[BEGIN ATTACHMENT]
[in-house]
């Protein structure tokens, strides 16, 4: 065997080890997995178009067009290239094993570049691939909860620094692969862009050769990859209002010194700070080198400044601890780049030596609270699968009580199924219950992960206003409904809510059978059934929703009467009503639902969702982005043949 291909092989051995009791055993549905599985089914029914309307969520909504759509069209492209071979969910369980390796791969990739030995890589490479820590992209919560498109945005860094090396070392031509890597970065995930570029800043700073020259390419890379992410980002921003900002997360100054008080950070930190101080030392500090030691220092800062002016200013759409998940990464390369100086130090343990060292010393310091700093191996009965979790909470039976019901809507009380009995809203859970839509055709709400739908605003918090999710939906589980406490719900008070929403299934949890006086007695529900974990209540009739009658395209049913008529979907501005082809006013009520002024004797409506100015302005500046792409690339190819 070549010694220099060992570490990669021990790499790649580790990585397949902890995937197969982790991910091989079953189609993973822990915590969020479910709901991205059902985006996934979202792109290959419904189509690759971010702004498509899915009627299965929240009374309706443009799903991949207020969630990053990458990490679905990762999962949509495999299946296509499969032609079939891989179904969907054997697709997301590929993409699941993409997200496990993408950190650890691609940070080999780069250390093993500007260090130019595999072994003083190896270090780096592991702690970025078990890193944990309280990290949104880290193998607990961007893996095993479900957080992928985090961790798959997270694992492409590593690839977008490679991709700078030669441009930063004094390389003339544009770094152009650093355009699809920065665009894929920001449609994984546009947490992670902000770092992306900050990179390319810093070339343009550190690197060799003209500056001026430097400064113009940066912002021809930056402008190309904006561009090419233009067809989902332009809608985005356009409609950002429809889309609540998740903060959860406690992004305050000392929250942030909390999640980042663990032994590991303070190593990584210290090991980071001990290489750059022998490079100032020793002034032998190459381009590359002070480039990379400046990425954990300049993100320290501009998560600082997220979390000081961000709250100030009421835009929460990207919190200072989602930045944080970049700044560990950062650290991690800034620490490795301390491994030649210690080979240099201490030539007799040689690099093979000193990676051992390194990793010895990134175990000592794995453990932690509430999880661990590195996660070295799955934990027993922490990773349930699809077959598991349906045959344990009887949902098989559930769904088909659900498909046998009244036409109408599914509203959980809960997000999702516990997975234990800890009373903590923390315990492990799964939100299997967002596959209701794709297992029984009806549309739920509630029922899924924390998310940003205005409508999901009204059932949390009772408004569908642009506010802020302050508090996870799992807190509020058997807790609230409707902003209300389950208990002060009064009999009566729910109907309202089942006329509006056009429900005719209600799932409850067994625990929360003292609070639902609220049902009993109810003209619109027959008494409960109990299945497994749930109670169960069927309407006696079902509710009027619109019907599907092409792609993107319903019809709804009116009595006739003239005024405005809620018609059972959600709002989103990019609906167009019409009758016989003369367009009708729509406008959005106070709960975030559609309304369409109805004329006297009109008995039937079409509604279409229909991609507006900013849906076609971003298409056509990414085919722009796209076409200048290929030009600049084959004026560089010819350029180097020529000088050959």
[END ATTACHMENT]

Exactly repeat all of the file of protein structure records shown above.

[in-house]
């Protein structure tokens, strides 16, 4: 065997080890997995178009067009290239094993570049691939909860620094692969862009050769990859209002010194700070080198400044601890780049030596609270699968009580199924219950992960206003409904809510059978059934929703009467009503639902969702982005043949 291909092989051995009791055993549905599985089914029914309307969520909504759509069209492209071979969910369980390796791969990739030995890589490479820590992209919560498109945005860094090396070392031509890597970065995930570029800043700073020259390419890379992410980002921003900002997360100054008080950070930190101080030392500090030691220092800062002016200013759409998940990464390369100086130090343990060292010393310091700093191996009965979790909470039976019901809507009380009995809203859970839509055709709400739908605003918090999710939906589980406490719900008070929403299934949890006086007695529900974990209540009739009658395209049913008529979907501005082809006013009520002024004797409506100015302005500046792409690339190819 070549010694220099060992570490990669021990790499790649580790990585397949902890995937197969982790991910091989079953189609993973822990915590969020479910709901991205059902985006996934979202792109290959419904189509690759971010702004498509899915009627299965929240009374309706443009799903991949207020969630990053990458990490679905990762999962949509495999299946296509499969032609079939891989179904969907054997697709997301590929993409699941993409997200496990993408950190650890691609940070080999780069250390093993500007260090130019595999072994003083190896270090780096592991702690970025078990890193944990309280990290949104880290193998607990961007893996095993479900957080992928985090961790798959997270694992492409590593690839977008490679991709700078030669441009930063004094390389003339544009770094152009650093355009699809920065665009894929920001449609994984546009947490992670902000770092992306900050990179390319810093070339343009550190690197060799003209500056001026430097400064113009940066912002021809930056402008190309904006561009090419233009067809989902332009809608985005356009409609950002429809889309609540998740903060959860406690992004305050000392929250942030909390999640980042663990032994590991303070190593990584210290090991980071001990290489750059022998490079100032020793002034032998190459381009590359002070480039990379400046990425954990300049993100320290501009998560600082997220979390000081961000709250100030009421835009929460990207919190200072989602930045944080970049700044560990950062650290991690800034620490490795301390491994030649210690080979240099201490030539007799040689690099093979000193990676051992390194990793010895990134175990000592794995453990932690509430999880661990590195996660070295799955934990027993922490990773349930699809077959598991349906045959344990009887949902098989559930769904088909659900498909046998009244036409109408599914509203959980809960997000999702516990997975234990800890009373903590923390315990492990799964939100299997967002596959209701794709297992029984009806549309739920509630029922899924924390998310940003205005409508999901009204059932949390009772408004569908642009506010802020302050508090996870799992807190509020058997807790609230409707902003209300389950208990002060009064009999009566729910109907309202089942006329509006056009429900005719209600799932409850067994625990929360003292609070639902609220049902009993109810003209619109027959008494409960109990299945497994749930109670169960069927309407006696079902509710009027619109019907599907092409792609993107319903019809709804009116009595006739003239005024405005809620018609059972959600709002989103990019609906167009019409009758016989003369367009009708729509406008959005106070709960975030559609309304369409109805004329006297009109008995039937079409509604279409229909991609507006900013849906076609971003298409056509990414085919722009796209076409200048290929030009600049084959004026560089010819350029180097020529000088050959």